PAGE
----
December is 7 months since I broke up with him. The beginning was grueling; I had no idea how to be my own person. I had no knowledge of my personality or how to change it, had no concept of my personal aspirations, and I generally didn’t know how to live as my own person.

Since then, I have worked slowly and diligently to create a person out of the shell I so long inhabited, and I am so proud of my progress. I’ve learned it’s especially important to praise yourself as much, if not more, as you critique yourself, so I don’t feel ashamed to admit that I’m proud.

I was lower than rock bottom at the start of 2016, and I didn’t really start to come out of that rut until just a couple of months ago.

In the beginning, I missed him with a weight and pain that threatened to crush me. I definitely do still miss him now, almost more I’d say, but in a different way. I don’t miss the attention or affection as much as I did in the beginning, though there are moments I long to bury my face in his neck or pull on the hairs at the back of his head, but more than that I miss his company. He was my closest and most valuable confidant. I miss our lengthy conversations about nothing and everything. I miss the way we could communicate with each other just by glance, without having to say a single word. I miss the hours spent together without speaking, just enjoying each other’s quiet company. The times I dream about him, I wouldn’t say that I’m happier, but that I’m consumed by this overwhelming sense of peace. When I wake up from the dreams, that peace is immediately what I realize is missing.

I know who I am God damn it. I know what I want, and I have intricate plans for how to get there. I’m taking care of myself, I’m expanding my relentless pursuit of knowledge, and I am growing more comfortable with myself and my body with every passing day. I know (I KNOW) I’m bound to meet incredible and inspiring and exhilarating people when I go to college, but I’m truly scared I’ll never stop wanting or needing him.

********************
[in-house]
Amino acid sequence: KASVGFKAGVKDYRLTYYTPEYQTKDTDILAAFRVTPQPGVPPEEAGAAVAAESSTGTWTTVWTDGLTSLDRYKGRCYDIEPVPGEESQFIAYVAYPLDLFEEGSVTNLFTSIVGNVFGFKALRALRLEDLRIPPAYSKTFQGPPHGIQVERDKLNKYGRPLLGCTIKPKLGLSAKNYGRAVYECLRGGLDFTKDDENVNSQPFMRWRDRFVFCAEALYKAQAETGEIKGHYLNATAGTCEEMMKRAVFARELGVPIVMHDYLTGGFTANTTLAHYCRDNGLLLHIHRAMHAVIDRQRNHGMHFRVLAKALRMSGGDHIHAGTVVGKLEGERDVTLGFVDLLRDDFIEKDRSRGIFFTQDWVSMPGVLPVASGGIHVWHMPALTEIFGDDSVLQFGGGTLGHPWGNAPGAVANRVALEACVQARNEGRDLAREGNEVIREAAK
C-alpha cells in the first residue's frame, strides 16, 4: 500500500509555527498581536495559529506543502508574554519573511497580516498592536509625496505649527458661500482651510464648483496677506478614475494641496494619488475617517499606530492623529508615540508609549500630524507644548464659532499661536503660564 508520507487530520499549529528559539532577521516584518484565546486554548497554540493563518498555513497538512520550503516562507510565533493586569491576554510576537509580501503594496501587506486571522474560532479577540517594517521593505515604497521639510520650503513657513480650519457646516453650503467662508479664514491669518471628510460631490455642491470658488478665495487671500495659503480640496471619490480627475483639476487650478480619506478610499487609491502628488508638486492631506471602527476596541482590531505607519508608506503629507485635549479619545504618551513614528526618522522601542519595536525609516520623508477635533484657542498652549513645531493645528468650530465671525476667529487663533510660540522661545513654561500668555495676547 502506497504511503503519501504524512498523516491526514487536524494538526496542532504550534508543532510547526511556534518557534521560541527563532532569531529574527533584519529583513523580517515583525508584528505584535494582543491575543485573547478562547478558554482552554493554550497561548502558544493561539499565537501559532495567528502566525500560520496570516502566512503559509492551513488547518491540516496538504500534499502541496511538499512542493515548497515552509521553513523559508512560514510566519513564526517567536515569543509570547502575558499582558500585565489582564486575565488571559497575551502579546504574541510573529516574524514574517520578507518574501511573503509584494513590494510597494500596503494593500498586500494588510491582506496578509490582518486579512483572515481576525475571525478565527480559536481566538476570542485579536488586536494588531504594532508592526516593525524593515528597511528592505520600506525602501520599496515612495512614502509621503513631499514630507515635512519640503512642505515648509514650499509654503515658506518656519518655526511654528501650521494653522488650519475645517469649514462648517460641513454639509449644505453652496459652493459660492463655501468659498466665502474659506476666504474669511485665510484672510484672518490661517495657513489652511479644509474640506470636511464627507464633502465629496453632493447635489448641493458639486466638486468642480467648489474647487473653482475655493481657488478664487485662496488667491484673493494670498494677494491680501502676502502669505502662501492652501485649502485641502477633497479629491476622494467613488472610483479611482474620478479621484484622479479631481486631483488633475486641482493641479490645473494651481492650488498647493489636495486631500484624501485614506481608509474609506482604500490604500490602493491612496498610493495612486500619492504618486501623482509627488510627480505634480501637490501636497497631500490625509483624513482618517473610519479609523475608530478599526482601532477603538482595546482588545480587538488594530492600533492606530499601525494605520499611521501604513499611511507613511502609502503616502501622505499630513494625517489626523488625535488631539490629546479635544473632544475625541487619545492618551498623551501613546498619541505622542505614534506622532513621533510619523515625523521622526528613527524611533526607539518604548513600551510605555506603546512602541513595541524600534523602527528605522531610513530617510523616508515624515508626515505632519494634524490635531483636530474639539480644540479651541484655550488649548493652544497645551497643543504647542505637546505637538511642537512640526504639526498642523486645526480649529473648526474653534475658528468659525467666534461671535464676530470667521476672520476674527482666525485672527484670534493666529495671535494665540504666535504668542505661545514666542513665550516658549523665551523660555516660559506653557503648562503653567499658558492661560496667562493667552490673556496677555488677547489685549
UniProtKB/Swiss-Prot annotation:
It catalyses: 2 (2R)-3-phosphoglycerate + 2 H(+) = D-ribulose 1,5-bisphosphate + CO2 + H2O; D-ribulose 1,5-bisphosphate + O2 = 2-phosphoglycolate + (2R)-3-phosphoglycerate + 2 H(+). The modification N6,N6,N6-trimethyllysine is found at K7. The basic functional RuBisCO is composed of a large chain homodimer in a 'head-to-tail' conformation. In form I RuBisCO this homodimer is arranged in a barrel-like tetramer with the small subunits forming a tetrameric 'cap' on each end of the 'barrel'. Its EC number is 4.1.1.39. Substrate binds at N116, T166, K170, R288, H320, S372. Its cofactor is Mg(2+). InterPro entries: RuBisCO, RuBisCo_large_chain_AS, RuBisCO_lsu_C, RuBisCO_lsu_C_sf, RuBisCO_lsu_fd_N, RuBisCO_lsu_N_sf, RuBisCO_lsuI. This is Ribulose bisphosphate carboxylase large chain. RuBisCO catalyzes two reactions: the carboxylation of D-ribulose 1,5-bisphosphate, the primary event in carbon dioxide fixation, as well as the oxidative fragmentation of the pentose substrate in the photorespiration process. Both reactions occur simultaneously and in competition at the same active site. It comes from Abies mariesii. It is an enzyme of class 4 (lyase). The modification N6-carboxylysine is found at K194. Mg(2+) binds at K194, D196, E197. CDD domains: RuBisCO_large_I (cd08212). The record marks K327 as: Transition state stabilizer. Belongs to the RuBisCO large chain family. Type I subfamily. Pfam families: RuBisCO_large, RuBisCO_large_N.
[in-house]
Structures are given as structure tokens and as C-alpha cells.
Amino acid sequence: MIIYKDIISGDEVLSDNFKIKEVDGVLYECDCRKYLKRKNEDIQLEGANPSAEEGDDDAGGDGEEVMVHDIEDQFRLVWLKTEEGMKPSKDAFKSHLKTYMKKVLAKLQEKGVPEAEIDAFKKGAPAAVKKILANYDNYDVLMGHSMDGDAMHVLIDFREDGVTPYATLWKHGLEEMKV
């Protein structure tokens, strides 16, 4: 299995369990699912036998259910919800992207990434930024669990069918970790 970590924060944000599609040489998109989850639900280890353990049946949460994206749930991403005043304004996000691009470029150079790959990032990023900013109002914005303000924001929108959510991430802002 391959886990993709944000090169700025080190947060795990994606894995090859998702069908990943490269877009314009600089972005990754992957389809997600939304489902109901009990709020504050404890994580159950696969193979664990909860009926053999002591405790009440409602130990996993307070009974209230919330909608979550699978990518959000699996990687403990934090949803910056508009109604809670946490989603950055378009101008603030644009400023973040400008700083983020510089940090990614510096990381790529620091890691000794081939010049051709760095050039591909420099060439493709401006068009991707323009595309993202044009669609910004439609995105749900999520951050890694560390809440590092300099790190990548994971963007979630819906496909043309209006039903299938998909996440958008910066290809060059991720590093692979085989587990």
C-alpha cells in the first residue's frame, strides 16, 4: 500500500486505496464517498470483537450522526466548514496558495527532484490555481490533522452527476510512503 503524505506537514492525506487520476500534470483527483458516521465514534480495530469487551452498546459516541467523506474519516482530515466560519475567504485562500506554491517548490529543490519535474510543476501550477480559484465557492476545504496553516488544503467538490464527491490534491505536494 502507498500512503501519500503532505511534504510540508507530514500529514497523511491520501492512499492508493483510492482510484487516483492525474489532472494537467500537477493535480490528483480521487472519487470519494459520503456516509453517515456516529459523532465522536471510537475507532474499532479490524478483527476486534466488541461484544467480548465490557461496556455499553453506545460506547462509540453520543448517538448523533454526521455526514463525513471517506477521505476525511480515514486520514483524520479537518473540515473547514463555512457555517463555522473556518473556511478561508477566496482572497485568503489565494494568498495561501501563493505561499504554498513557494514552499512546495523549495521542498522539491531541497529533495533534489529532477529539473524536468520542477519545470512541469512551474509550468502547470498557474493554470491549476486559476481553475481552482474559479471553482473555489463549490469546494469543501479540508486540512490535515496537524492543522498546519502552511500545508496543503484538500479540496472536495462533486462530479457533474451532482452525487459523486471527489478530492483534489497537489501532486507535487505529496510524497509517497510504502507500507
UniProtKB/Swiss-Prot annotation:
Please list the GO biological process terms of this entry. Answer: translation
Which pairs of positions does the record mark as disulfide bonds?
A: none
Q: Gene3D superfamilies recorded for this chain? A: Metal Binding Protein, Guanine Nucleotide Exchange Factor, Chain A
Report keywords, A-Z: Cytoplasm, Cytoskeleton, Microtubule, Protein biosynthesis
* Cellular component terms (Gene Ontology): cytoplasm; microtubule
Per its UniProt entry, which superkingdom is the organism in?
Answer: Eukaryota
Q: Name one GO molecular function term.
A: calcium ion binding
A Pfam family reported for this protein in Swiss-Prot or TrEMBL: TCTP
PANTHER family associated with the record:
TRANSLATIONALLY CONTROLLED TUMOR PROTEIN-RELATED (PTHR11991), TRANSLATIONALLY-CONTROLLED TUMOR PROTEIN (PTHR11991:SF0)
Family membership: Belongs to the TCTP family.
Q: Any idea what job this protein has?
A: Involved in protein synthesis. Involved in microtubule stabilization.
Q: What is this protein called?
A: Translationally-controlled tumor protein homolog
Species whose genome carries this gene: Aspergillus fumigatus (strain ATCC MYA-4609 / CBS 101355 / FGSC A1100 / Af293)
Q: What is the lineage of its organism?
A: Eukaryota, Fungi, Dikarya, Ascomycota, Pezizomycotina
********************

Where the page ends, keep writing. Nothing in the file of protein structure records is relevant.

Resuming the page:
August 20, 2014. You walked into the studio with your schedule change in hand to show to Pelican. It was the third day of school and I was going mad trying to finish the first show. I had just stepped down from the stage where the anchors’ desk was mounted when I looked over and saw you and stopped in my tracks. I’m sure I could go back to the studio and point to the exact spots where both you and I were standing. I didn’t see your face from the front, only profile, which is where you got the platypus name from (when I look at you from the side, your chin does this thing that makes you look like a platypus, I’m sorry). You never saw me, but I swear on my life and my heart and my brain and everything that matters to me that I felt a pull, as if a string connected us to each other. You know how I am about my gut feelings, and this time there was a voice in the back of my head that just said “You need to know him, be close to him. This one’s important.” Nothing, nothing, nothing eats at me more than this single memory does. Nothing.